Tuesday, 4 June 2013


Before I had my right breast removed, I couldn't imagine my body without it. The days leading up to the operation were difficult. I tried hard to prepare for it's absence, but it was impossible, inconceivable.

I never wanted a reconstruction, hating the idea of unnecessary further surgery. Besides, anaesthetic suppresses the immune system (as do the inevitable subsequent anti-biotics and pain-killers), and I was trying to boost my immune system to deal with any residual cancer. I was working hard to detoxify, so the idea of loading my liver with toxins was counter-intuitive. I disliked the idea of silicon in my body, a foreign object that would permanently remind me of what I had lost. I didn't even consider the more complicated surgeries which would involve taking fat and skin from my belly and back. I imagined a body-map of scars and a possible franken-boob. My final, absolute no-no was allowing a surgeon to 'match' my remaining, (and let's face it, after 28 months of breast-feeding, well worn) breast, to it's new perky, plastic counterpart. Cutting into my healthy breast, and leaving it potentially lacking sensitivity seemed a little crazy.

The worst part of the operation was the tubes which were sewn into the surgery site to drain off lymph fluid, and their removal a few days later. I can't honestly say that I remember pain, more bruising and tightness, which continued for some months.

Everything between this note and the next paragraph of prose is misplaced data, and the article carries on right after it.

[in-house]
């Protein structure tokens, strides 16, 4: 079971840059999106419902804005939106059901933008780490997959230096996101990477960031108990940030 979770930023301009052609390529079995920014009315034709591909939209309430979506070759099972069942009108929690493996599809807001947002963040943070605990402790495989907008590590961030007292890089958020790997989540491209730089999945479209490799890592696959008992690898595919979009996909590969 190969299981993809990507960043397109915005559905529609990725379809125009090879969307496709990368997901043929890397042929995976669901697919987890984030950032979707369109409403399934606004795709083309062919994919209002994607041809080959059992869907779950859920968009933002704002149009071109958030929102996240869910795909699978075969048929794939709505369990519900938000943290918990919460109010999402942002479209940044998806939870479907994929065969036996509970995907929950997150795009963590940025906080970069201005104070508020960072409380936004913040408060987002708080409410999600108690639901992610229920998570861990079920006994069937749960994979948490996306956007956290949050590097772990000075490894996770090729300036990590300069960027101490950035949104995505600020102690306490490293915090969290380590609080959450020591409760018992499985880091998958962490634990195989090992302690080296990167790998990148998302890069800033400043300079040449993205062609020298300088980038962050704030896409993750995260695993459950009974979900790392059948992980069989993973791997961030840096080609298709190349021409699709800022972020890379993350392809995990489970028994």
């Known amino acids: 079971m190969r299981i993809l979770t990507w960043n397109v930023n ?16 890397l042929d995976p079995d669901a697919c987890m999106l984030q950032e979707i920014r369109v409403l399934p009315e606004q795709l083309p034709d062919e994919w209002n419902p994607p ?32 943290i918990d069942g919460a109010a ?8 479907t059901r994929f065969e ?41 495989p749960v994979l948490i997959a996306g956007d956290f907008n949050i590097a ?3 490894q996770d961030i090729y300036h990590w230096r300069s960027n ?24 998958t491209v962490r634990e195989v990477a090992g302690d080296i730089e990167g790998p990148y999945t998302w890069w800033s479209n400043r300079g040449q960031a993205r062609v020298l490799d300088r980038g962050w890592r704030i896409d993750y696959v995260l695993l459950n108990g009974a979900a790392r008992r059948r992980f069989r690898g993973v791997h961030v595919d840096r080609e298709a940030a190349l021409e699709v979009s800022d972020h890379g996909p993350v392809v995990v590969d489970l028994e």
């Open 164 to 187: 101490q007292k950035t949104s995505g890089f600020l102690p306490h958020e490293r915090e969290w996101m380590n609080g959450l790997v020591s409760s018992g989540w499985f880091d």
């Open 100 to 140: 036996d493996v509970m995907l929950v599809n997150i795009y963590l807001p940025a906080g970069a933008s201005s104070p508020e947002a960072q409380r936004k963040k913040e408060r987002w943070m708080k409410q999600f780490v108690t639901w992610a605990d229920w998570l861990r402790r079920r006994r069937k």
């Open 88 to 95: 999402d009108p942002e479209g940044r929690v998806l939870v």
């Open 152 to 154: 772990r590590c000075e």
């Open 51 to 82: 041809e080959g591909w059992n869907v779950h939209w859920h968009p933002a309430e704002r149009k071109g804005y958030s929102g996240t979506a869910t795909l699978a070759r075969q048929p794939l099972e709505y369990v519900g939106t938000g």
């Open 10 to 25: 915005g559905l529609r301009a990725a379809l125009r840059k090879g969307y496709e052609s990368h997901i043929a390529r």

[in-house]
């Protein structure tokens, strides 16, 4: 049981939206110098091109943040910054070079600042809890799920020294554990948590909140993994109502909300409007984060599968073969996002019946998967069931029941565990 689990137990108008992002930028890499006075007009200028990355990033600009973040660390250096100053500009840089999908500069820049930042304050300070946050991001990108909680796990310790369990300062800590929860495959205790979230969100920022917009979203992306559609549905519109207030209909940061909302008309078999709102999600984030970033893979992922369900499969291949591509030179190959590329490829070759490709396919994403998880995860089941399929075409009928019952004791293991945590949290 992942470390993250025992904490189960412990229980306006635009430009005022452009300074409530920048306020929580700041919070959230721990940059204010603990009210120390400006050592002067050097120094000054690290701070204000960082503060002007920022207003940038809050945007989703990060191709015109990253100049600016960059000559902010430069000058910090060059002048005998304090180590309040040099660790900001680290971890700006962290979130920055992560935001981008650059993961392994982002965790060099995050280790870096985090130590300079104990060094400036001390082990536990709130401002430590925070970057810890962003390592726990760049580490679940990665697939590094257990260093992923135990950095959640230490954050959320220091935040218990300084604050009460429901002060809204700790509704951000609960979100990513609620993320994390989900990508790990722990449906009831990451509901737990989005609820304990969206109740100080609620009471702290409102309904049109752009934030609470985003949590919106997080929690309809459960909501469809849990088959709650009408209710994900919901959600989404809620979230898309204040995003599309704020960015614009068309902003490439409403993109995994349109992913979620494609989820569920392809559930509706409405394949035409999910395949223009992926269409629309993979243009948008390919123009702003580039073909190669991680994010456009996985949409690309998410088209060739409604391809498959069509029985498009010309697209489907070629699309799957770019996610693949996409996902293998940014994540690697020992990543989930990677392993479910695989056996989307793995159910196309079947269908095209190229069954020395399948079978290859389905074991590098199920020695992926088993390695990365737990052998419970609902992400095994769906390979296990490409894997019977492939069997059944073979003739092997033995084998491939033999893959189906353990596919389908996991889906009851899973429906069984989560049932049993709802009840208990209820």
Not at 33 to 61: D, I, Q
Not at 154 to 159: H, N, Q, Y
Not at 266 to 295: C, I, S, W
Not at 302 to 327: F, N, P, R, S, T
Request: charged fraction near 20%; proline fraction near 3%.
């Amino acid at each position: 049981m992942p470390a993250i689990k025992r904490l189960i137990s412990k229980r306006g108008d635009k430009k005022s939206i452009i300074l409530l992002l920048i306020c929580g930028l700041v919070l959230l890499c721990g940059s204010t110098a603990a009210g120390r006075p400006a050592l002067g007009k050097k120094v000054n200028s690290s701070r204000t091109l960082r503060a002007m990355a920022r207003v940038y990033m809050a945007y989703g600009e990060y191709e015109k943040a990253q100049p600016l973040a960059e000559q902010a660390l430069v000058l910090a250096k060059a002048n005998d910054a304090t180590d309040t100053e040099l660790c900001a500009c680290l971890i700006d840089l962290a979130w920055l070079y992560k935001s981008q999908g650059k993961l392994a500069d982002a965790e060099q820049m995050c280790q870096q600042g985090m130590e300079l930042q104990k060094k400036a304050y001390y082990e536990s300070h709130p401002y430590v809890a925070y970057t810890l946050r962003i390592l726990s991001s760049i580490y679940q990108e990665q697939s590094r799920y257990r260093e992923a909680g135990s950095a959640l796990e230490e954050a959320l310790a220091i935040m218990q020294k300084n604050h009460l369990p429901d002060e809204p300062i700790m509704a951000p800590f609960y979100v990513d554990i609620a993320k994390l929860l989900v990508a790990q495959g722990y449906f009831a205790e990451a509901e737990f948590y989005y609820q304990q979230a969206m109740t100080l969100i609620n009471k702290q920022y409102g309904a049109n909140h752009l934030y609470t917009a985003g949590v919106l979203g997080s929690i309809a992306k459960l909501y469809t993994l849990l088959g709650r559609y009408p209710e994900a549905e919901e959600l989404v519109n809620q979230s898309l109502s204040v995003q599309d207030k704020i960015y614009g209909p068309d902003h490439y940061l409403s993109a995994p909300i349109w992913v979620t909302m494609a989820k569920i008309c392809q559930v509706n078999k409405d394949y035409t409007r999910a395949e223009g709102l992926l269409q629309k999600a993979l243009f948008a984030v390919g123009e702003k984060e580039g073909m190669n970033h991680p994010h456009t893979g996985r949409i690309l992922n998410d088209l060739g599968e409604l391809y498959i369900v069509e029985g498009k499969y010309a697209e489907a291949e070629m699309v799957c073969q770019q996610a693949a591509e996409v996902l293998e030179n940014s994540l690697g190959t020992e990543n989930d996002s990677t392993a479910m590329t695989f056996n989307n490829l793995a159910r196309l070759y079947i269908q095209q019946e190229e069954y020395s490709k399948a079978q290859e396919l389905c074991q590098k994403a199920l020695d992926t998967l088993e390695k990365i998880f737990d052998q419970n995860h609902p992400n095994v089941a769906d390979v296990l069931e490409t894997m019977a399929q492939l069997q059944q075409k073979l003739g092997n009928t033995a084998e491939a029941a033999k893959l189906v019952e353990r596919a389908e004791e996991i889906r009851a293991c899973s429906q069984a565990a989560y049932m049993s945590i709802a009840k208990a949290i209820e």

Mastectomy and Lymphadenectomy scars

Naturally, it took time to get used to my new body. It was uncomfortable, and I got a shock every time I saw myself in the mirror. I guarded my surgery site with my arm, scared that my children would hurt me as they came in to land for cuddles. Looking back, I resembled a bird with a broken wing. It took a while to get full mobility back in my arm, and the area under my armpit is still a little numb. That first summer I hated my prosthesis; a hot, sweaty burden, heavy and unnatural. But I'm a sucker for symmetrical, so I persevered.

Now I wear my scars with pride, they're thin and the wounds are well healed. And what are scars if not a visual reminder of survival?

My husband, amazingly supportive throughout, has no issues with his one-breasted wife, and I still walk around naked in front of my sons. They're all totally un-phased by my missing body part, if a little unimpressed by my immodesty!!!

These are intensely personal decisions, and I make no judgement of what others choose. I understand the weight of attachment to a breast and the potential loss of identity post-mastectomy. For me, I simply accept my new body, and that makes me happy.

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